Tuesday, April 07, 2020

Photographer critically wounded at Ofer Protest

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By Claire Matsunami - April 19, 2014
Section: [Main News] [Videos] [IN PICTURES]
Tags: [Ofer prison] [Bilíin]

* Photos by Hamde Abu Rahmeh

21-year-old Mohammad Basman Yasin was critically wounded by Israeli forces while working as a volunteer photographer with B’Tselem, documenting the demonstration outside Israel’s Ofer prison near Ramallah on Friday 4 April.  

Protestors gathered outside of Israel’s Ofer military prison to demonstrate against the Israeli government’s failure to release the latest round of prisoners, a group whose release was was of the conditions for the now evaporating peace talks.  

As protesters attempted hold midday prayers outside the prison’s gates, soldiers reportedly began shooting tear gas at them and clashes erupted. Mohammad Yasin was over 100 meters away from the clashes, preparing to leave, when he was shot twice from the right side.  One live bullet sliced across his nose, the other hit him in the waist. He was holding his camera and was wearing a gas mask and bright yellow shirt with PRESS emblazoned on it. 

The bullet that grazed his face was a .22 caliber bullet.  It left a deep gash in his nose. In an interview with the Palestine Monitor, his father pointed out that the shooter was likely aiming at Mohammad’s head.  He noted that every time Mohammad looks in the mirror, he will have to see the scar across his nose, a reminder that “They were aiming for his head. They were trying to kill him.”

.22 caliber bullets are technically banned by the Israeli military as a crowd dispersal method. According Human Rights Organization B’Tselem, they should only be used in life threatening situations.  However, B’Tselem has documented evidence revealing that .22 caliber bullets are still widely used during non-life threatening clashes. 

According to the International Solidarity Movement, at least 13 others were seriously wounded at the same protest. .22 caliber bullets wounded six of the 13. When asked about the clashes by Ma’an News Agency, an Israeli army spokeswoman said that Israeli forces had lightly injured five people.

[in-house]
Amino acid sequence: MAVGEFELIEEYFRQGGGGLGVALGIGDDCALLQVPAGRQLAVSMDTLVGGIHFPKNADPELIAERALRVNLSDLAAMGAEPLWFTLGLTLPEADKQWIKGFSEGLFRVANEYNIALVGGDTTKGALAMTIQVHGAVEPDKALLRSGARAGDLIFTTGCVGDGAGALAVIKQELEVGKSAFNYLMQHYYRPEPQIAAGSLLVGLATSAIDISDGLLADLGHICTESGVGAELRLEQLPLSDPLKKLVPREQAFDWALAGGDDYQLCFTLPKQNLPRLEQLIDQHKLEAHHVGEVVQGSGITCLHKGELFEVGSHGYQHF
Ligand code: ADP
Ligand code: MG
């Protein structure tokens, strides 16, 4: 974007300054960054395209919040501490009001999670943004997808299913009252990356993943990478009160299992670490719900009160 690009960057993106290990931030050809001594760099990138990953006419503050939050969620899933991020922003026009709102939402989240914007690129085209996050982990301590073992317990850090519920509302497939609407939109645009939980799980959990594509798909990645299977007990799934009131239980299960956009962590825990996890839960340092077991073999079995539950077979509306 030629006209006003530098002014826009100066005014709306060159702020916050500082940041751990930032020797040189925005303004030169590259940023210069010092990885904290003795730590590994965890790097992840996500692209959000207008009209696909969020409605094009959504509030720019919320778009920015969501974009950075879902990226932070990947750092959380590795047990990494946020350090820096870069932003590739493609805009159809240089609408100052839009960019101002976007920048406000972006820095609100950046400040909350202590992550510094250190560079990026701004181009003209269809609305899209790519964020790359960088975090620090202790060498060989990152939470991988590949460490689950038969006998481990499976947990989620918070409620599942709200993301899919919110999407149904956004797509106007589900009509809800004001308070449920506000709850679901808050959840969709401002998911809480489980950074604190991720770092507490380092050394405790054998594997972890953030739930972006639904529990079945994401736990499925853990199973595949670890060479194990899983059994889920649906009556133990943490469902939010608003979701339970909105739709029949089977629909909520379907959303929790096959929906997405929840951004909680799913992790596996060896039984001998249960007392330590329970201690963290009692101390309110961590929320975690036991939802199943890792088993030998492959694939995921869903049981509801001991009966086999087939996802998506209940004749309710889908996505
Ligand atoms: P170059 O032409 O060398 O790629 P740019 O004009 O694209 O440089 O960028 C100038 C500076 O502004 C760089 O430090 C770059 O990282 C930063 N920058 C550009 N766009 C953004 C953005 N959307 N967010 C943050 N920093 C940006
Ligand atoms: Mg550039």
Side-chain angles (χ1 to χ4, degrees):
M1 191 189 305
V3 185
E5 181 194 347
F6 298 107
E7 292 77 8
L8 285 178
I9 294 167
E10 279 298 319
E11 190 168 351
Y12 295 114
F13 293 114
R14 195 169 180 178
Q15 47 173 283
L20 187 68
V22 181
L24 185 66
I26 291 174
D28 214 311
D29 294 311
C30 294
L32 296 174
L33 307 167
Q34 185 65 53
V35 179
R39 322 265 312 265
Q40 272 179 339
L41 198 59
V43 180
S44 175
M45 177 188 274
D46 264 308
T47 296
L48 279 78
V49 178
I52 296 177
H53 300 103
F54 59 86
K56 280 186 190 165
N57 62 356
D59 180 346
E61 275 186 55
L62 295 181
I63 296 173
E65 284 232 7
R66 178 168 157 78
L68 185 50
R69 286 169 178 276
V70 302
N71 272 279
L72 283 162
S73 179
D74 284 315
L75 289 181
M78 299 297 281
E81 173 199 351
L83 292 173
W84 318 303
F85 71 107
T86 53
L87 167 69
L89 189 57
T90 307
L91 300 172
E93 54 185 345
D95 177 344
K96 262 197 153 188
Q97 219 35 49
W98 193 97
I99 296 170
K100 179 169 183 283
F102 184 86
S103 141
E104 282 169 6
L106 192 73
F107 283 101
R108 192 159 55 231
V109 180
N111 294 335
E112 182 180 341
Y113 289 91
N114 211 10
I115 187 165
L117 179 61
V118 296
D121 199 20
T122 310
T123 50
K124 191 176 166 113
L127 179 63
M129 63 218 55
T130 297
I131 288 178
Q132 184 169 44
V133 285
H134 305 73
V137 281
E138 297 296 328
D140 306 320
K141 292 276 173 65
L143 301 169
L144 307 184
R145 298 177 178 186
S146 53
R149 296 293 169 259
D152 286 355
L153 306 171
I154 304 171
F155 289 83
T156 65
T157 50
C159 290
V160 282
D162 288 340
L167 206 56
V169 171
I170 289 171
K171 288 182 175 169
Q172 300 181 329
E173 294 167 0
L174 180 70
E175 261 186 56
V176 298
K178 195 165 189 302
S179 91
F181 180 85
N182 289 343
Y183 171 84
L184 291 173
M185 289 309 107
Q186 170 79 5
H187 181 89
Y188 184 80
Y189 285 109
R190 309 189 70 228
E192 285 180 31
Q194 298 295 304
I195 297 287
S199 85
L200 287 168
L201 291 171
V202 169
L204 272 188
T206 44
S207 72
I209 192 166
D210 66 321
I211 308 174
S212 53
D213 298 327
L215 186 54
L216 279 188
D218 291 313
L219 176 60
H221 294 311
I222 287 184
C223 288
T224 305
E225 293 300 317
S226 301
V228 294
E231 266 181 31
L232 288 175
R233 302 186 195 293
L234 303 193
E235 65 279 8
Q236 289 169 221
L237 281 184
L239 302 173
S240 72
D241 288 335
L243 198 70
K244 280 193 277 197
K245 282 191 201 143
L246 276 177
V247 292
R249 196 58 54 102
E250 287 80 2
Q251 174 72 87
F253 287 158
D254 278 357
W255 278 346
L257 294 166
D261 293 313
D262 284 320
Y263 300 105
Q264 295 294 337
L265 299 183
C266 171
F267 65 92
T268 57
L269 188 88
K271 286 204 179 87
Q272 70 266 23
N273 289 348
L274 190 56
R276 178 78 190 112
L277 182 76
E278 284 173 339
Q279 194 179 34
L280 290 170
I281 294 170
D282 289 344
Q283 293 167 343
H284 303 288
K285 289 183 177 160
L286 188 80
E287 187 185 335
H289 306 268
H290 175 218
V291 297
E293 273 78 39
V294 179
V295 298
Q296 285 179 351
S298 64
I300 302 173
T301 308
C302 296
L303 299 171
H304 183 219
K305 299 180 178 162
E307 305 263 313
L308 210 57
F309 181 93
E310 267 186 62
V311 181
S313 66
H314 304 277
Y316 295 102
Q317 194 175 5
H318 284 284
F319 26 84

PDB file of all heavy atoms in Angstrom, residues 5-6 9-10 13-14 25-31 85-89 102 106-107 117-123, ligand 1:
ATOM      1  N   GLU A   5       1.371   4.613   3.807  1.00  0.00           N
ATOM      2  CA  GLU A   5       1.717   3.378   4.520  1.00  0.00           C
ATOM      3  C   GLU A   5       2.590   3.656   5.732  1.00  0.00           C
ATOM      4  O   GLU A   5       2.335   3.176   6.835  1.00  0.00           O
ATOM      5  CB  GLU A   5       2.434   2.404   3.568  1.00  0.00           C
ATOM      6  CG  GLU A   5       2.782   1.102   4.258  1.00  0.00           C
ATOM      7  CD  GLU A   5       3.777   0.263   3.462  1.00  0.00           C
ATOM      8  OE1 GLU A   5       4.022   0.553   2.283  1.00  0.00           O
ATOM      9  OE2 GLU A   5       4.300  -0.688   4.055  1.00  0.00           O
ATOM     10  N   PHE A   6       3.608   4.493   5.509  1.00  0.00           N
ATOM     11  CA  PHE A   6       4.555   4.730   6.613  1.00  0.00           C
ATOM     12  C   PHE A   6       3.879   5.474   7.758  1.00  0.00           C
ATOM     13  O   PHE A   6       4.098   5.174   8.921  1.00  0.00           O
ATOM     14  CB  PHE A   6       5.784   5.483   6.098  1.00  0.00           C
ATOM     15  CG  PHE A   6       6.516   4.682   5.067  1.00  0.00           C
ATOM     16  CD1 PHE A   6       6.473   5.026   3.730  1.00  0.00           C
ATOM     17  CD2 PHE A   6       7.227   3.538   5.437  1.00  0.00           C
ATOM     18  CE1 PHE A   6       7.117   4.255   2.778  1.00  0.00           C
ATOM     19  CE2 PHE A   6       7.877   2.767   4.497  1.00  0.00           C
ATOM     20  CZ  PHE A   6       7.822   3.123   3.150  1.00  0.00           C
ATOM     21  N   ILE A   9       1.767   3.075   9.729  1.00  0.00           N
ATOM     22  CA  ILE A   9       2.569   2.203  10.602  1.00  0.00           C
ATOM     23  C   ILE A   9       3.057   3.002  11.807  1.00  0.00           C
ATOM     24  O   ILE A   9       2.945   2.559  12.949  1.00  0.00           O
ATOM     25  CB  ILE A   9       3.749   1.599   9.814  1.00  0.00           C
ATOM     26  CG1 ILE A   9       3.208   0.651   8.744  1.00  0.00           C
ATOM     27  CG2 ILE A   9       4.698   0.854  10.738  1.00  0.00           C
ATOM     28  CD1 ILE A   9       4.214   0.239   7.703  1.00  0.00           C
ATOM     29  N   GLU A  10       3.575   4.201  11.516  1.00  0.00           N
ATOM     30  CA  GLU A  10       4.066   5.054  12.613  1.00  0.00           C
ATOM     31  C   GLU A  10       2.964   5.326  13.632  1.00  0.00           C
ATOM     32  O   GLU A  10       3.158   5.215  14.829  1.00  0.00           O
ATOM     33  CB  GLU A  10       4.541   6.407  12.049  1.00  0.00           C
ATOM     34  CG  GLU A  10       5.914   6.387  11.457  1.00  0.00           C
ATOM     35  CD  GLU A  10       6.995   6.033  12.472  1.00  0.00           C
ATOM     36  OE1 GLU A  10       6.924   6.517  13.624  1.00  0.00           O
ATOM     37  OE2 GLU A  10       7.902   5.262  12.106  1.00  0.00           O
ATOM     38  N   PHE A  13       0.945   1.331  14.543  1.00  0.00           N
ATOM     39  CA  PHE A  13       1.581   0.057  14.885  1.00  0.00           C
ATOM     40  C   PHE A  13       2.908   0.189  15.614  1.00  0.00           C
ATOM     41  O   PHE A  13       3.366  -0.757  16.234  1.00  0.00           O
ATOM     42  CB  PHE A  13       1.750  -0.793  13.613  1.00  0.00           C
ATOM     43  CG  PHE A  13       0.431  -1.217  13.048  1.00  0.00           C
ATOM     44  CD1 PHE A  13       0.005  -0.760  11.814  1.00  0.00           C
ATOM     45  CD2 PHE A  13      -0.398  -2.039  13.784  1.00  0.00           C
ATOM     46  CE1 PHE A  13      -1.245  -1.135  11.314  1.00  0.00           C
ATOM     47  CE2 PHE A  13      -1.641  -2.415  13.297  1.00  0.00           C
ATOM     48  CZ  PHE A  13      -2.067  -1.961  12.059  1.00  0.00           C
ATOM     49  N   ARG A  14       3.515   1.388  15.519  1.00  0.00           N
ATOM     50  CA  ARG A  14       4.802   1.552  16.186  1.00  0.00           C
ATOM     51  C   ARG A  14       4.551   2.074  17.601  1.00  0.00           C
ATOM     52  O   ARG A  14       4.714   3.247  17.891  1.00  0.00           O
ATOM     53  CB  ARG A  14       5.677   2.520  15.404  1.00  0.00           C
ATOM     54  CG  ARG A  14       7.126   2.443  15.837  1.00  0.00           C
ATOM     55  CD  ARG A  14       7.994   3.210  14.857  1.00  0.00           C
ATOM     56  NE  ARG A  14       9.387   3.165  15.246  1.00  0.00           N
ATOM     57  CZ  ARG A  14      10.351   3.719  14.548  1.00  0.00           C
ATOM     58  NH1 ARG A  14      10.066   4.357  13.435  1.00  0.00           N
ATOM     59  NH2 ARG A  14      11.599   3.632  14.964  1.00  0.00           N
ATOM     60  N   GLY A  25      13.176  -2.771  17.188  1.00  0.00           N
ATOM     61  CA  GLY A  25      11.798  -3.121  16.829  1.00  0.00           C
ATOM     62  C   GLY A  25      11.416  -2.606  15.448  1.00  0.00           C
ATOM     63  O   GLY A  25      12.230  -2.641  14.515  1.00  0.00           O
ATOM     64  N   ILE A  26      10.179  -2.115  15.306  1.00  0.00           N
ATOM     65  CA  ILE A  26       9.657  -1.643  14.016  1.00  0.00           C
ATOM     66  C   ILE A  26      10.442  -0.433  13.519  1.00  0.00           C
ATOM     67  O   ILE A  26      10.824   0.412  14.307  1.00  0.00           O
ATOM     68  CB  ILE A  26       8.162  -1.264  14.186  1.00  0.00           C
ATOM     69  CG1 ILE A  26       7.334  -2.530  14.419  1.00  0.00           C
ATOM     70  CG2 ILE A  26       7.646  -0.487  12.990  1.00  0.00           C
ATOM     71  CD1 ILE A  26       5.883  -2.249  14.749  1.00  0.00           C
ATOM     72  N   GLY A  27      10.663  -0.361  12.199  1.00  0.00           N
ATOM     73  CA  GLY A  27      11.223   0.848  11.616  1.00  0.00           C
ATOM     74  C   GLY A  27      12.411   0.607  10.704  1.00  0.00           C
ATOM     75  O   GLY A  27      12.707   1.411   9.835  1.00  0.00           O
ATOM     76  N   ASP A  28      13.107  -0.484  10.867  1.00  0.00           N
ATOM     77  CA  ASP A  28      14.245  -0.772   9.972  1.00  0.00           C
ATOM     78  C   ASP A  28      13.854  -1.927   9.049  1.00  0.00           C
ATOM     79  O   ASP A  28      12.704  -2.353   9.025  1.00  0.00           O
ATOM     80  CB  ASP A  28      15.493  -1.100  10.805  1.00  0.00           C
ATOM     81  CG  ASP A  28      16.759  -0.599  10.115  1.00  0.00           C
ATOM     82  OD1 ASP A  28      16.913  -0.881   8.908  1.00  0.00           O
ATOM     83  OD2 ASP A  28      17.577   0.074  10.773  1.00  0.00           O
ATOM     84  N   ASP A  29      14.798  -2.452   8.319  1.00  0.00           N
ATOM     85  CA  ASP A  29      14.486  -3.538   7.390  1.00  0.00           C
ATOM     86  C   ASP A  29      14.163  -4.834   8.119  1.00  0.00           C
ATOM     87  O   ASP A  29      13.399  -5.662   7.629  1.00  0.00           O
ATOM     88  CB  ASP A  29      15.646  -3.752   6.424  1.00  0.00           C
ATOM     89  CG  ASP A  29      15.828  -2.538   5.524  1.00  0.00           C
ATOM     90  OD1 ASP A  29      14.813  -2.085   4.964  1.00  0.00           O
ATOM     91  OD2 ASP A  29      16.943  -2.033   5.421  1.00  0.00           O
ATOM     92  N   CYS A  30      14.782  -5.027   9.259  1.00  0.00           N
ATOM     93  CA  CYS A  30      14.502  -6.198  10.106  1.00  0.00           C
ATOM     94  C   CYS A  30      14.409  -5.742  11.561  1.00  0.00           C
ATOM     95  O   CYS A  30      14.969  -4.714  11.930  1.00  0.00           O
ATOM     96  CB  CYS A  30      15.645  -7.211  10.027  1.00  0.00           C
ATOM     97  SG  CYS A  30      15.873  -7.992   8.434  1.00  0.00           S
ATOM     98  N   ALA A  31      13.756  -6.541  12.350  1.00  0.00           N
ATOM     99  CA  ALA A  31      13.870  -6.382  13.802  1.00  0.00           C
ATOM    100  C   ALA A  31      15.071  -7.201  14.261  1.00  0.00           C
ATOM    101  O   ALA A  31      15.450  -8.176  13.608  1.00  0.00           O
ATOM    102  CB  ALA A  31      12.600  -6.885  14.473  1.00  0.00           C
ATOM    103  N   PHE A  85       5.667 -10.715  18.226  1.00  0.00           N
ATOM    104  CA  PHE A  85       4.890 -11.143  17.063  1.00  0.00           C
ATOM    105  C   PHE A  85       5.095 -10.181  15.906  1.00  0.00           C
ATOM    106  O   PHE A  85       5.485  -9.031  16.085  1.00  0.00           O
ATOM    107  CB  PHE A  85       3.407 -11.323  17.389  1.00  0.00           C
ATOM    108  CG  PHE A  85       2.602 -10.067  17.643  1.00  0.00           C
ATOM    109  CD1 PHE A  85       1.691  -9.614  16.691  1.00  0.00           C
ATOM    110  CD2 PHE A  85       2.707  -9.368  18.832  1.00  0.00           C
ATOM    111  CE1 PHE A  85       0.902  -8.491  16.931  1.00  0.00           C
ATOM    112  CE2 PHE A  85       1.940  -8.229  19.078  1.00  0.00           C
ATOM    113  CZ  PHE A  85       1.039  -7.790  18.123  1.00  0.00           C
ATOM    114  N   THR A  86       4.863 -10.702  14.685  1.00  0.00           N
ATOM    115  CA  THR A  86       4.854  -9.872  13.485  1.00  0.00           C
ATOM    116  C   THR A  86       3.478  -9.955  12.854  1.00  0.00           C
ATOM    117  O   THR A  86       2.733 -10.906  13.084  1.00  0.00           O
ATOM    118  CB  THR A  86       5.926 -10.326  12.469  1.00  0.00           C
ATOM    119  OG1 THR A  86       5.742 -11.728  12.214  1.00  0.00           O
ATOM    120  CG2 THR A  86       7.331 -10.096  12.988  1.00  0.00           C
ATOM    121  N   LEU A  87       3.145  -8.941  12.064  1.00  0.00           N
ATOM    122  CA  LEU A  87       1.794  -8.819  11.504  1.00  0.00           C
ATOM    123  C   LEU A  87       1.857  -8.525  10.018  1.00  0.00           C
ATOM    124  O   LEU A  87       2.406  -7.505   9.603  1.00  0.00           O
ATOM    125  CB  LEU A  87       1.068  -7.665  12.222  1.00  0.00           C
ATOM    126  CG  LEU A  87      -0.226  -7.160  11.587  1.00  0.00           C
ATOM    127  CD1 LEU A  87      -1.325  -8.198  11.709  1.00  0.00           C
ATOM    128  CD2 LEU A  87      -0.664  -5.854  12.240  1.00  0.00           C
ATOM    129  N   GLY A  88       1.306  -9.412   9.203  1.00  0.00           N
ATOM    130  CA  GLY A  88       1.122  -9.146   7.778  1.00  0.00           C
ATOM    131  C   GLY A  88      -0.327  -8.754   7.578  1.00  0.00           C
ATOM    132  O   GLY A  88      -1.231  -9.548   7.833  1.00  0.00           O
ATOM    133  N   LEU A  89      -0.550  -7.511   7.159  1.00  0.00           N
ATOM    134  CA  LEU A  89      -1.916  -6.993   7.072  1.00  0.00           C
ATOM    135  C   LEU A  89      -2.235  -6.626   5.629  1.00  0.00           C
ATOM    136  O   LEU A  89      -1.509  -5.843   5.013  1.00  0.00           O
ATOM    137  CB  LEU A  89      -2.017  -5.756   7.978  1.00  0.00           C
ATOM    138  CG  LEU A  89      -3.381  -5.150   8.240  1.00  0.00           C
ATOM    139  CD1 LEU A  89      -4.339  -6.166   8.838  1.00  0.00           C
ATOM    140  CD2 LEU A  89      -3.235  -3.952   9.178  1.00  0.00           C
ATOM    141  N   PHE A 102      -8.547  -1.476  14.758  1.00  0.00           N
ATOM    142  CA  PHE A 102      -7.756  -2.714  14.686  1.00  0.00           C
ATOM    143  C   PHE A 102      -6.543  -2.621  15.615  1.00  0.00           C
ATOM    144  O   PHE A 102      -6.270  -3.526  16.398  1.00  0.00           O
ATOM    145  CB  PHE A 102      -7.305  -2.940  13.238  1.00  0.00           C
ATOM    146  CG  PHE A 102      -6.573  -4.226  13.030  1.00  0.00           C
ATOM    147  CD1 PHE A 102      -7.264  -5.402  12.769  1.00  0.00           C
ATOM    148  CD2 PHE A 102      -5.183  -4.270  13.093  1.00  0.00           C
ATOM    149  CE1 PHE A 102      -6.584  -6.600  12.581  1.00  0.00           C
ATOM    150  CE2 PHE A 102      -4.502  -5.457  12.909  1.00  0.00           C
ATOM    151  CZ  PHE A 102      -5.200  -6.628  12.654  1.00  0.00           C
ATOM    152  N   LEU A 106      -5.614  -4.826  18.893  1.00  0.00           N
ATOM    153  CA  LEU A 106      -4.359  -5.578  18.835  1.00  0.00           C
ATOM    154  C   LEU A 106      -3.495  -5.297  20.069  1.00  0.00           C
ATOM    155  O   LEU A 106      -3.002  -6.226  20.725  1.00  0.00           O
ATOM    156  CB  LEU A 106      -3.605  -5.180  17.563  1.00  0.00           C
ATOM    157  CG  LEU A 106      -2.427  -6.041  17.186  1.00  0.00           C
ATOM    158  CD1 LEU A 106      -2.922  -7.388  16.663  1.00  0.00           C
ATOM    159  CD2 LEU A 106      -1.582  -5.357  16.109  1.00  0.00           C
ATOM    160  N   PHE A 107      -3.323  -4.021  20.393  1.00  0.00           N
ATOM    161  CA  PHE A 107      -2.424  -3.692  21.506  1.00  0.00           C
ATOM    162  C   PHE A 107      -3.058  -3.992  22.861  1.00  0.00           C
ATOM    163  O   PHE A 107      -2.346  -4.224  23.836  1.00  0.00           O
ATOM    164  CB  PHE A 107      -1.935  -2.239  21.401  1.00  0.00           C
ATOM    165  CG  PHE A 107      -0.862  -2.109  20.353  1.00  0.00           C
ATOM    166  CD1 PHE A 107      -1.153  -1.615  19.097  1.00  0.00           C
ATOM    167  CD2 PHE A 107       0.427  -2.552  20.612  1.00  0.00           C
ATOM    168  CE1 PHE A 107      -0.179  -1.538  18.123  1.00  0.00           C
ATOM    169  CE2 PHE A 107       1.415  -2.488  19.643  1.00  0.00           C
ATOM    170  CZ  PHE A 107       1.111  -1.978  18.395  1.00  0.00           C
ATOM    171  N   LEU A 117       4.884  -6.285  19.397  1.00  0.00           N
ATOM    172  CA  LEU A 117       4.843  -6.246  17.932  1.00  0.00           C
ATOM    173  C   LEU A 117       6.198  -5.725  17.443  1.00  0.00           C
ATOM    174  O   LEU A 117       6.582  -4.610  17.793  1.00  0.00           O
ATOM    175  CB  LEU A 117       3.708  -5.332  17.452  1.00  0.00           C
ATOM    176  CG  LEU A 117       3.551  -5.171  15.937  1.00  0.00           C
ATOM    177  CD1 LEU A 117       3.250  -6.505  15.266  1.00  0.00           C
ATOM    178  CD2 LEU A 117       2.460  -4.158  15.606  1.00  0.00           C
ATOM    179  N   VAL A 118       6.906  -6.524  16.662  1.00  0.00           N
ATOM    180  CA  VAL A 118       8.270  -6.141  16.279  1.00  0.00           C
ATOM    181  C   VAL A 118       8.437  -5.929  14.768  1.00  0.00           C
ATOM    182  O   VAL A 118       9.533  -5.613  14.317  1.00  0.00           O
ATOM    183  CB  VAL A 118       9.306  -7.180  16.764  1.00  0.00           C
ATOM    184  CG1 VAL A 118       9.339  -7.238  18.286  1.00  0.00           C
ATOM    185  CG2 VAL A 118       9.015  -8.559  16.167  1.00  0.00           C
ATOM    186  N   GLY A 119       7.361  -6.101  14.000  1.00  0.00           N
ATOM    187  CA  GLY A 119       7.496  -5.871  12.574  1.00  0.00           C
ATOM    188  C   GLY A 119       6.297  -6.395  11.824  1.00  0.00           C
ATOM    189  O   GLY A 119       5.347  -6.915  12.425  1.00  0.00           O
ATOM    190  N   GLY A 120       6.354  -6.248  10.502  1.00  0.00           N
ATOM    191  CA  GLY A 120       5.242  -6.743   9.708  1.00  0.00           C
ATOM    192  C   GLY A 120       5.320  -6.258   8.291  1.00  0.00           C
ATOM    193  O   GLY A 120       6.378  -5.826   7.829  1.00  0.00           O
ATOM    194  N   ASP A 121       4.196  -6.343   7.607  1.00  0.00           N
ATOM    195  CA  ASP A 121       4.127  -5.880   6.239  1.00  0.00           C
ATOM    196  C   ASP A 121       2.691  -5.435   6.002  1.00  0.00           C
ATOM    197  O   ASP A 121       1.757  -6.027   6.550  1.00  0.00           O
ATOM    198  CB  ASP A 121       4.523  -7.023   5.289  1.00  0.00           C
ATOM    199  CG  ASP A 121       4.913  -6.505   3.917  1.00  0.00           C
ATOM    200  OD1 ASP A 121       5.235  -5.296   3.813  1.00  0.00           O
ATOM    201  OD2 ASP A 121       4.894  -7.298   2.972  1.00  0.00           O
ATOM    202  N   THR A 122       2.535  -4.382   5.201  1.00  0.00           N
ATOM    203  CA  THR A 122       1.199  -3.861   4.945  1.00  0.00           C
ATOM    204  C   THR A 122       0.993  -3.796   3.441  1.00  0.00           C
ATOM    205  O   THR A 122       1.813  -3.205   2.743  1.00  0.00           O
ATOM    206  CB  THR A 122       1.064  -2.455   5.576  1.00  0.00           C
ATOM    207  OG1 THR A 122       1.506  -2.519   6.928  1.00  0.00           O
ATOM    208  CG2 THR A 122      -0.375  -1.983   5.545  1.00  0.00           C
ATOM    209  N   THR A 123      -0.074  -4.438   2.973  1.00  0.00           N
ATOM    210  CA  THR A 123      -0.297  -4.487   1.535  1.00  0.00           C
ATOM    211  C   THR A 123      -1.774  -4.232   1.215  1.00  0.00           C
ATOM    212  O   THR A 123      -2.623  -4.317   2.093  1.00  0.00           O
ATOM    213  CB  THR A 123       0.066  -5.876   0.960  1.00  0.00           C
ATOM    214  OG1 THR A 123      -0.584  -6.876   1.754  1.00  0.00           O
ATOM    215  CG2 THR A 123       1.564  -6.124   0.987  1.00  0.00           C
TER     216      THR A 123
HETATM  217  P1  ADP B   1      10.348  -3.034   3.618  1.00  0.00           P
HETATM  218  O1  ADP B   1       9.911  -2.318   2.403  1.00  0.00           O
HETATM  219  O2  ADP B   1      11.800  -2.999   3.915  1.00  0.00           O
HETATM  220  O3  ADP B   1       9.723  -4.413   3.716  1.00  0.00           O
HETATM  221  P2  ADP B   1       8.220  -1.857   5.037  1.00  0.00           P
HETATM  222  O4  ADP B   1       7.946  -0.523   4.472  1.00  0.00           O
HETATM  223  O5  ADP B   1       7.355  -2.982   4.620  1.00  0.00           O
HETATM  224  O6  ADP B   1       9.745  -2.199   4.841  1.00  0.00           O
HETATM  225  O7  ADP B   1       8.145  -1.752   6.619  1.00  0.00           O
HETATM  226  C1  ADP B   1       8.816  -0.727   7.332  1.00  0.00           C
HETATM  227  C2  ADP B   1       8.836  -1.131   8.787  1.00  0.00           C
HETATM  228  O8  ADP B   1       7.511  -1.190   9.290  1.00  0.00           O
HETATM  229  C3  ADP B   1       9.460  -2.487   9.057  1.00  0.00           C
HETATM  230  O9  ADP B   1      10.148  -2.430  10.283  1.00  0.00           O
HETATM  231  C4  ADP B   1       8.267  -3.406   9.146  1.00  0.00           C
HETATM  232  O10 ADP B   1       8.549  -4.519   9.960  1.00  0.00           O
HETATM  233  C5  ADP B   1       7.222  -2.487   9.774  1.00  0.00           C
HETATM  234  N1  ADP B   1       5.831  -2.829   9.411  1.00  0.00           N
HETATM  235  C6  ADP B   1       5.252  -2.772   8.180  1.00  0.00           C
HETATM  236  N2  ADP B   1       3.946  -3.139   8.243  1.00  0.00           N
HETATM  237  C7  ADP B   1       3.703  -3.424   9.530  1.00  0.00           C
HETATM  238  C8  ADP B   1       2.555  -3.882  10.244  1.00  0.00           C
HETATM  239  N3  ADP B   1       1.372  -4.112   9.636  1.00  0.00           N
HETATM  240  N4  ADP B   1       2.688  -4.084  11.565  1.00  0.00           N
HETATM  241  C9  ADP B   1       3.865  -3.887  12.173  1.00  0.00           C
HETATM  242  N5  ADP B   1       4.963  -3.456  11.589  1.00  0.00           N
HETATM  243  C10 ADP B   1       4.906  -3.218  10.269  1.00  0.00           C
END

More troublesome is the fact that the bullet that hit Mohammad struck him in the side.  This bullet was a “dum dum” (or expanding) bullet, which flattens upon impact to create a larger wound and inflict greater damage.  The bullet fragmented into his abdomen, breaking several ribs.  Doctors retrieved one piece of the bullet from his right kidney, but there are still fragments lodged throughout his abdomen.  

The use of “dum dum” bullets is considered a war crime by the International Criminal Court.  Mohammad was the only one at the protest shot by a “dum dum” bullet.  “Why my son? Why is he the one they chose to shoot a dum dum at? Why do they want to kill him?” Mohammad’s father asked.

Mohammad spent nine days in the hospital as a result of his wounds, six of which were spent in the ICU in critical condition.  In three months doctors will assess whether or not to they will attempt to retrieve more bullet fragments.  One fragment remains in his liver that doctors will not attempt to retrieve, due to medical risks.  His family fears he will probably suffer from organ damage and lingering pain for the rest of his life. 

His father is especially troubled by the fact that the shooting was unprovoked. “He wasn’t throwing stones or anything, but he was posing a danger with his photos by showing the world the truth,” he said. The man is horrified, but not surprised. There is no way to run from the occupation.  This is life under occupation.”

Mohammad is home now in his village of Bil’in. He spoke with the Palestine Monitor, sitting in the front yard of his father’s house, surrounded by family and friends. When asked about what he will do now, he smiled shyly, his face still handsome despite the gash across his nose.  He explains that he won’t let his injuries hold him back. “I will take this to court.  I will continue to fight, I will persist, I will not stop until the end.”   




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